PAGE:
The speed with which eligible Americans are receiving their third and largest stimulus checks to date during the coronavirus pandemic — less than two months into Biden’s presidency — is a political victory for a president who was unable to garner bipartisan support for his bill, but was still able to swiftly pass a sweeping relief package along party lines.
As Vox’s Emily Stewart explains, most Americans will be eligible for $1,400 stimulus checks:
The full checks will go out to single people making up to $75,000 and couples making up to $150,000, and phase out at $80,000 and $160,000, based on 2019 or 2020 tax returns, depending on when people last filed their taxes. Previous checks phased out at higher income levels, meaning some people who got checks in previous rounds won’t get them this time. However, the legislation includes checks for adult dependents, such as college students and people with disabilities, for the first time.
Biden signed the bill into law on Thursday and many people began to report receiving their checks by direct deposit this weekend. A number of households reported seeing full deposits even on Friday — just a day after the law was signed.
Stimulus cash is already out the door. This is a bank posting sent to me by a member of a family of four making under $150,000. pic.twitter.com/iunzWcK1o8— Sahil Kapur (@sahilkapur) March 13, 2021
The Internal Revenue Service said on Friday that more rounds of stimulus checks will be deposited into bank accounts over the next few weeks, and sent out in the mail in the form of checks or debit cards. The agency also said people can track the status of their checks using the ”Get My Payment” portal.
Many Americans plan to use the checks to pay for necessities
The New York Times reports that Johanna Suarez, a sophomore at Houston Community College — who was eligible for her first stimulus check because adult dependents can receive them for the first time — received a $1,400 check on Saturday, and said she plans to use to it to buy books and pay for a dental procedure.
Suarez’s plans are fairly representative, according to a Census Bureau Household Pulse study, taken from February 17 to March 1.
As part of its ongoing coronavirus survey work, the agency asked its Household Pulse survey pool what people who recently received a check spent it on — or, for those who did not receive one during the survey period, what they planned to spend their next check on.
Respondents were allowed to select more than one answer to the question, and most said the money would go to filling an essential need. The survey found about 60 percent of people planning to use at least some of their money on food, and about 45 percent planning to spend some or all the funds on housing — either rent or mortgages. Other bills were also a priority, with 45 percent saying the stimulus would help with utility payments, and about 31 percent wanting to put money toward credit cards or loans.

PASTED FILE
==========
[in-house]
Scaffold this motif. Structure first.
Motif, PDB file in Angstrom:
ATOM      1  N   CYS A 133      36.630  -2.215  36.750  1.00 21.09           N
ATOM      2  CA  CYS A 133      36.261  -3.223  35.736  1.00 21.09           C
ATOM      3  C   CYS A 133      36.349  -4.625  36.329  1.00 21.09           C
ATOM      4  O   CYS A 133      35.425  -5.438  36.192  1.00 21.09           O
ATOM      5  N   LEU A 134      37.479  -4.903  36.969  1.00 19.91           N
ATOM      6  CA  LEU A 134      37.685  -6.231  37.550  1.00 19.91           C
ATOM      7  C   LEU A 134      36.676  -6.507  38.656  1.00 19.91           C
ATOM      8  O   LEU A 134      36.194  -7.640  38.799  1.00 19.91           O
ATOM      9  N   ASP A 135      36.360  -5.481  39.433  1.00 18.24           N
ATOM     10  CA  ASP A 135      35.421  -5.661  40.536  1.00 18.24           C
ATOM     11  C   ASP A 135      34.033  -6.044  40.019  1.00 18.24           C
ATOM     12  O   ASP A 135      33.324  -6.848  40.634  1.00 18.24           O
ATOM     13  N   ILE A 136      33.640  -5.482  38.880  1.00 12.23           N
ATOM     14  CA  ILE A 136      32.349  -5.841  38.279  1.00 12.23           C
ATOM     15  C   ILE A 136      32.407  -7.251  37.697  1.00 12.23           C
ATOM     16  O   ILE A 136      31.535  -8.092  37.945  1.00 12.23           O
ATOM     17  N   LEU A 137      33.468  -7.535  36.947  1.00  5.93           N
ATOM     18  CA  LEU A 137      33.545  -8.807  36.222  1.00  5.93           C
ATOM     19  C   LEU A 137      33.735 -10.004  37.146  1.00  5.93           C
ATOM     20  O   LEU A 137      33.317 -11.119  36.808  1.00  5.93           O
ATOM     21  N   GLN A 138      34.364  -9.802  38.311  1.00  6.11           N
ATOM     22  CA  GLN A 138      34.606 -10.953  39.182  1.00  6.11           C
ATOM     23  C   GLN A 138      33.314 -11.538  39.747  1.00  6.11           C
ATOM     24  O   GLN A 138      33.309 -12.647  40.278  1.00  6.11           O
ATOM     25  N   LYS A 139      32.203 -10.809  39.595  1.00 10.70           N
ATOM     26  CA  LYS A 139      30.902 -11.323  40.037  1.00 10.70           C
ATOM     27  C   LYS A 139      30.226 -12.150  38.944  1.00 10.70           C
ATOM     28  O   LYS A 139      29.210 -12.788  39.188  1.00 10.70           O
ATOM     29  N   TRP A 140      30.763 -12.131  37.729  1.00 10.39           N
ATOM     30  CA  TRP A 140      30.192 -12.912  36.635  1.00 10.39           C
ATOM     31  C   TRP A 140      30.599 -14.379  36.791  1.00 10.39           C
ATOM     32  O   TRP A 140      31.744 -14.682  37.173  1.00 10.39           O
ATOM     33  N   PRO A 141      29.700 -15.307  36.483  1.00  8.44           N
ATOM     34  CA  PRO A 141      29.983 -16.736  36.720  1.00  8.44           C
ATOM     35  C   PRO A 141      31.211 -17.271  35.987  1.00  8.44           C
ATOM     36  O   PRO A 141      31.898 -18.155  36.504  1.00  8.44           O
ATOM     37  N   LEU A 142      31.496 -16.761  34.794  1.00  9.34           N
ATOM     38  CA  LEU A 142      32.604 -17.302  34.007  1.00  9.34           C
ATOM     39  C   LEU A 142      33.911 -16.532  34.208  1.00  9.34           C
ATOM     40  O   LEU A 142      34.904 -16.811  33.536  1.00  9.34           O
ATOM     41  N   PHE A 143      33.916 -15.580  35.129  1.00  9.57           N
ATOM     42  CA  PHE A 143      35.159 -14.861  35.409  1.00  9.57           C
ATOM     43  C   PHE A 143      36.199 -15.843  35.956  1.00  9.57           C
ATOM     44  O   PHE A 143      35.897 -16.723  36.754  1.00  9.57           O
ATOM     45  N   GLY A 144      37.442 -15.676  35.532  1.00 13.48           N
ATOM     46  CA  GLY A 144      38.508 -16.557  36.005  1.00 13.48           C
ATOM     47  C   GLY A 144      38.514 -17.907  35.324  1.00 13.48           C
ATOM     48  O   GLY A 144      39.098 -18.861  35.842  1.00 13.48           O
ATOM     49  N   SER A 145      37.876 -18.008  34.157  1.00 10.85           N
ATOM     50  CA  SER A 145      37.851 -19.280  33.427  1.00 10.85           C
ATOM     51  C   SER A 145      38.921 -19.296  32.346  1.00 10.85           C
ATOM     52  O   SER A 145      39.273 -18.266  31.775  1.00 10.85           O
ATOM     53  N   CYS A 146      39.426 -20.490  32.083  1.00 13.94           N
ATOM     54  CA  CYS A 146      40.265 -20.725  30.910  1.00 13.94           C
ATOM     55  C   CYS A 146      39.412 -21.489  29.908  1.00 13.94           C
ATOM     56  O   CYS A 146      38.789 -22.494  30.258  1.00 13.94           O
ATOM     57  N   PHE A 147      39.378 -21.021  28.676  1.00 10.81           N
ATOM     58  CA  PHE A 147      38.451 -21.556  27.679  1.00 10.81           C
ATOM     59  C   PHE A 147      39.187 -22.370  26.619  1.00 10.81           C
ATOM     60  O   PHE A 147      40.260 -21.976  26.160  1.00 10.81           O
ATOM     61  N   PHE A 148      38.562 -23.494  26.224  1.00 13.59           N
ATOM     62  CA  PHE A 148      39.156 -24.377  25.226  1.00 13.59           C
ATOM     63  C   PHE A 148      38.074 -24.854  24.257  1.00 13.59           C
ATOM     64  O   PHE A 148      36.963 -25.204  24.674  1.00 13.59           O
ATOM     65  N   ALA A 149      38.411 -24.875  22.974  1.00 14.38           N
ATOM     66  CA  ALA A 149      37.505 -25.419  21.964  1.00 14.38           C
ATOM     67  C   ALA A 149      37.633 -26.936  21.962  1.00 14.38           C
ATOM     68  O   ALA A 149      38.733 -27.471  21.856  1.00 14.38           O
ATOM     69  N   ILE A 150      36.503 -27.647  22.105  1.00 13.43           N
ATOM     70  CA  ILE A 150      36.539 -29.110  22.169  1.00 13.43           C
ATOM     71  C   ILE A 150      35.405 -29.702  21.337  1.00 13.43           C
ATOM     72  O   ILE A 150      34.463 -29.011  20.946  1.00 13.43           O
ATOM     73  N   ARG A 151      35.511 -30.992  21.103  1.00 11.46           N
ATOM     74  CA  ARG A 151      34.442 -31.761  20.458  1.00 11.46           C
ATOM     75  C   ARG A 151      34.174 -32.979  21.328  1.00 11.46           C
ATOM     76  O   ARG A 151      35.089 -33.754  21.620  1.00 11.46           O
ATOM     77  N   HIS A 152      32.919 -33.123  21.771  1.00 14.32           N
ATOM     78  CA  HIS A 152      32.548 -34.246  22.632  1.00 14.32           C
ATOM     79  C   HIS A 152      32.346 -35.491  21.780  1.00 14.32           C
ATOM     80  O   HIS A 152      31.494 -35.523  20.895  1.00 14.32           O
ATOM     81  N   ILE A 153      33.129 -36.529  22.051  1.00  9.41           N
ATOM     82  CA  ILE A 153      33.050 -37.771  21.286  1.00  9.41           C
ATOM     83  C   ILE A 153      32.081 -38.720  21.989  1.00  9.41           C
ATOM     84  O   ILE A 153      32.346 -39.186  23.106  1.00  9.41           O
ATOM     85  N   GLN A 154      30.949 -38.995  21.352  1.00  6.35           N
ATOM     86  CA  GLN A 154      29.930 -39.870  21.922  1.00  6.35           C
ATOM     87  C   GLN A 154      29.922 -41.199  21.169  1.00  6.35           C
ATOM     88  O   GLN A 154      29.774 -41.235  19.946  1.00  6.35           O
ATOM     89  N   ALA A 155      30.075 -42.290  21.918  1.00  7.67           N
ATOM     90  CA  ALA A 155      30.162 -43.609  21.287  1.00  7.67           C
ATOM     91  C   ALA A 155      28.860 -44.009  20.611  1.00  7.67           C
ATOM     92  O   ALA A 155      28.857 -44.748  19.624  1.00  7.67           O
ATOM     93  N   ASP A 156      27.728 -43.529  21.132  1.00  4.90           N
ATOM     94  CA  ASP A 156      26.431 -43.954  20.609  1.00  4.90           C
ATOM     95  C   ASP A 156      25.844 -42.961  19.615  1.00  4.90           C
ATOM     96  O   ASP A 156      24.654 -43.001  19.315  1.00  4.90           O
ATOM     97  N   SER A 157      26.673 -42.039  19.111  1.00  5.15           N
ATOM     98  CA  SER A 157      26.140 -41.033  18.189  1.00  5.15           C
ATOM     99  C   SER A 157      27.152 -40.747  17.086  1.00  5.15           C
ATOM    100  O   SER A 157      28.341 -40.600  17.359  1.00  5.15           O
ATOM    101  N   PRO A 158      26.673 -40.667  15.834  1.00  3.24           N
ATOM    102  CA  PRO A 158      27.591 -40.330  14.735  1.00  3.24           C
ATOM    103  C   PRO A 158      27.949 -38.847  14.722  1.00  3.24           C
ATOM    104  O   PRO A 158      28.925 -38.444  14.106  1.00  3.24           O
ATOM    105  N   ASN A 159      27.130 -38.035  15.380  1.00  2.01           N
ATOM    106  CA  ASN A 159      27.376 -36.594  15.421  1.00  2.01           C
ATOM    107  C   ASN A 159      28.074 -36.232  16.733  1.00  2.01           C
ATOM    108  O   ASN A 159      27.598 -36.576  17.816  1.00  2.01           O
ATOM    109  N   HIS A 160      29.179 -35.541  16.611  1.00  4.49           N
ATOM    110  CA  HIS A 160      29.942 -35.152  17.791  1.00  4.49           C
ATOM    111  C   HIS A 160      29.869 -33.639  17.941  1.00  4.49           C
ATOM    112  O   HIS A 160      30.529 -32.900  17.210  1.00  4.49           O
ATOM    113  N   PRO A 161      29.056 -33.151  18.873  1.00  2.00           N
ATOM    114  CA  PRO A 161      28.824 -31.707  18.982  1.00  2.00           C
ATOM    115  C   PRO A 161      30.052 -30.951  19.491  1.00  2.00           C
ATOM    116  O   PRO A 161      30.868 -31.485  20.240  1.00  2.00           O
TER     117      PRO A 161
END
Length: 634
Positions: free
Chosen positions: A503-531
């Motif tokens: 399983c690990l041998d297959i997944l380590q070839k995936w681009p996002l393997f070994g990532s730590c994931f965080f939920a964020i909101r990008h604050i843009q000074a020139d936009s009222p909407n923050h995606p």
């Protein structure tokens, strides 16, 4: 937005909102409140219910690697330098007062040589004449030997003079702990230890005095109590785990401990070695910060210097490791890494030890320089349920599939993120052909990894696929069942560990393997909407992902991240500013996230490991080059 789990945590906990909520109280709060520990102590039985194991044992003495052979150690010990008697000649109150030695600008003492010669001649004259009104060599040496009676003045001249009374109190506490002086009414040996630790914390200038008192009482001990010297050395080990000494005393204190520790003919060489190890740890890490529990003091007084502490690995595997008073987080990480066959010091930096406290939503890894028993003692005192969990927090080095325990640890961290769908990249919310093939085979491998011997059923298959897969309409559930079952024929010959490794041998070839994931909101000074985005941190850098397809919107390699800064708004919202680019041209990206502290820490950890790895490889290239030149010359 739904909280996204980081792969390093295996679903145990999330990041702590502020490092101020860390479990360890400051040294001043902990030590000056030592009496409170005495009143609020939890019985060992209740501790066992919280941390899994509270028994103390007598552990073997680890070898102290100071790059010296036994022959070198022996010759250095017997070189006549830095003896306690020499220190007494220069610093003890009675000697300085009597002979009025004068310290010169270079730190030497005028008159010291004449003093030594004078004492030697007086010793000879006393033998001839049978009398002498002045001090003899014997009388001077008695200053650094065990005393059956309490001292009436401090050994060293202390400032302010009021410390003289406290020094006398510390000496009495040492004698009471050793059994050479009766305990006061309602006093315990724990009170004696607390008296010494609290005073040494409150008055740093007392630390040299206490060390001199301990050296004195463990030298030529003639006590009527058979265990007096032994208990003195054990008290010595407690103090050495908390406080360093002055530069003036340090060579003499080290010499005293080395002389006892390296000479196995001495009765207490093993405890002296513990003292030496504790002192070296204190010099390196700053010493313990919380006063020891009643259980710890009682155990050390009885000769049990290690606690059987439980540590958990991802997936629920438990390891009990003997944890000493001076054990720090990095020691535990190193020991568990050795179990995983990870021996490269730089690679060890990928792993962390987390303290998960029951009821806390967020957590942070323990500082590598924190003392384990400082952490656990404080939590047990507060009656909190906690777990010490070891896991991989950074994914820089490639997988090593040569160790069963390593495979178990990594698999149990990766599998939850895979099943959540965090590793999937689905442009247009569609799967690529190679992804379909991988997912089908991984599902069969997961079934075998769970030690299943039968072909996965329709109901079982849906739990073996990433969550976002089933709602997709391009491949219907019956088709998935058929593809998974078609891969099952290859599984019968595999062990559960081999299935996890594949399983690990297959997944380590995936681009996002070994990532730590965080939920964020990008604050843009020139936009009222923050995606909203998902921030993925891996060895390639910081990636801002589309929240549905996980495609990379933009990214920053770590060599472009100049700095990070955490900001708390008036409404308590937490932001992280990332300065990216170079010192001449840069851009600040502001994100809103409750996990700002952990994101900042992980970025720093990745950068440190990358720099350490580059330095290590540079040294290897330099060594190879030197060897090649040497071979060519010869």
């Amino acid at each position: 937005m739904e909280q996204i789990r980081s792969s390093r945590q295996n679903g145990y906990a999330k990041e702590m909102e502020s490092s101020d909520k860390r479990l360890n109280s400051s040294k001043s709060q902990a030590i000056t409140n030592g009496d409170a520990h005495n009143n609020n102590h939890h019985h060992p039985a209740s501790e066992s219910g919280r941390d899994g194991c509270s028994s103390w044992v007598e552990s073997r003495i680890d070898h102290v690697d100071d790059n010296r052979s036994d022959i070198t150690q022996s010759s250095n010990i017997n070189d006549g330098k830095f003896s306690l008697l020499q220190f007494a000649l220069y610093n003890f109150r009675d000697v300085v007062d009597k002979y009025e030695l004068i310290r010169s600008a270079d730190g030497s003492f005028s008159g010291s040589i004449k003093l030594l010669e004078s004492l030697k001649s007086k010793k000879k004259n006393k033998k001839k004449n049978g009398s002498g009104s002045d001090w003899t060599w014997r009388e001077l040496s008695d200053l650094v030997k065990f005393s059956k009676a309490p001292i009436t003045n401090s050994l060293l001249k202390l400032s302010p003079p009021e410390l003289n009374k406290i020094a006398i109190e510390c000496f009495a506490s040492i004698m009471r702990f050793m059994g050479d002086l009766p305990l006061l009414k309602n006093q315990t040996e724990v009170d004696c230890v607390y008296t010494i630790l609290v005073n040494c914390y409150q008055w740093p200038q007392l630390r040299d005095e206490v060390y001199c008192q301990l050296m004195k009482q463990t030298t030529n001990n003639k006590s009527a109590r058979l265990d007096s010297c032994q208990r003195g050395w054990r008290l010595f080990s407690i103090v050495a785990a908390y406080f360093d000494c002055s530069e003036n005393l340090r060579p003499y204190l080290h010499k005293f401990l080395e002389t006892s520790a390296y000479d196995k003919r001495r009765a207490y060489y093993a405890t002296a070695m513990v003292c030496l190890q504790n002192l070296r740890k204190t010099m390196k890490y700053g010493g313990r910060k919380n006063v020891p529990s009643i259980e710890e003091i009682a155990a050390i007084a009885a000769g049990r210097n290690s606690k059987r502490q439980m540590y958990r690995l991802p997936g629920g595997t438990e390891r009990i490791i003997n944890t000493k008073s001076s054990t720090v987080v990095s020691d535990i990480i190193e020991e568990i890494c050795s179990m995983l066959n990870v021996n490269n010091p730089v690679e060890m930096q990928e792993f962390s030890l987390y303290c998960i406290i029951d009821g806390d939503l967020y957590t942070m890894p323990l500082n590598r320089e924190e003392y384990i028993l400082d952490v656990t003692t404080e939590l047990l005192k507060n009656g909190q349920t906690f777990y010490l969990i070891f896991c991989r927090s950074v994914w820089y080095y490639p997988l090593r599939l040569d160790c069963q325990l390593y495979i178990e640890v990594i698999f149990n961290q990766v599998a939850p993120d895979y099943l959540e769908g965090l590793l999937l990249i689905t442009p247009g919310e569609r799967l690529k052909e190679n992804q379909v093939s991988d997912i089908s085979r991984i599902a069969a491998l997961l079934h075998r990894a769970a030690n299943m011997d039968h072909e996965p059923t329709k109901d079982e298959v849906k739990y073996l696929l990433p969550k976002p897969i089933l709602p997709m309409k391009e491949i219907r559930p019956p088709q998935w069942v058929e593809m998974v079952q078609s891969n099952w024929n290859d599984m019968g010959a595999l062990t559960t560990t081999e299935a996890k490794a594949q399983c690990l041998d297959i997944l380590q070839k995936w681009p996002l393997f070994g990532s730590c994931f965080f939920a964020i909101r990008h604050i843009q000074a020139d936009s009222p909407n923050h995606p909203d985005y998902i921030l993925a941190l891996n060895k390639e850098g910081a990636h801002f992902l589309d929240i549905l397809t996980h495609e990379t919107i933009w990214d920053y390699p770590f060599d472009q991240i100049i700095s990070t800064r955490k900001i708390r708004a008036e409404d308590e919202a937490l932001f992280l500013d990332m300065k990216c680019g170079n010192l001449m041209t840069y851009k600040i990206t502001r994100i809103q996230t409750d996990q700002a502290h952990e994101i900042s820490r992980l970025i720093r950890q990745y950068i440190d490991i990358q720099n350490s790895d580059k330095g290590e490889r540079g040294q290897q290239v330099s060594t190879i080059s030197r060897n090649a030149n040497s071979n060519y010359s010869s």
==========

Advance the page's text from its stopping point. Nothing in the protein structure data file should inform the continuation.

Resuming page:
About 15 percent of respondents felt they might be able to save some or all of the money. Only 2.5 percent said some portion of the money would go toward recreational expenses.
There was some debate about who needed a stimulus check ahead of the passage of the American Rescue Plan, with some lawmakers worried that if too broad a slice of the American people got the checks, those with higher incomes would not spend them. This data does not resolve that debate, but it does suggest that there is a pressing need for this money among many Americans — that people are waiting for these checks in order to cover the costs of basics like food and shelter, and that they will, in fact, be spending them.
The American Rescue Plan was exceptionally popular before it passed into law — in part because of the overwhelming popularity of stimulus checks: a Vox/Data for Progress poll taken in December 2020 found that 75 percent of likely voters wanted stimulus checks to be prioritized in the drafting of the bill.
Checks were included, and in a survey taken March 5-7, Data for Progress found that nearly 70 percent of likely voters supported the bill. That group of supporters included 54 percent of Republicans. Notably, respondents cited the stimulus check provision of the bill as one of its best aspects, according to the newer survey: 78 percent of voters supported the idea of $1,400 checks.
It remains to be seen if positive perception of the law will remain constant over time, but the impression of efficiency that the quick delivery of payments produces may prove helpful to Democrats at a time when there is widespread mistrust in the federal government.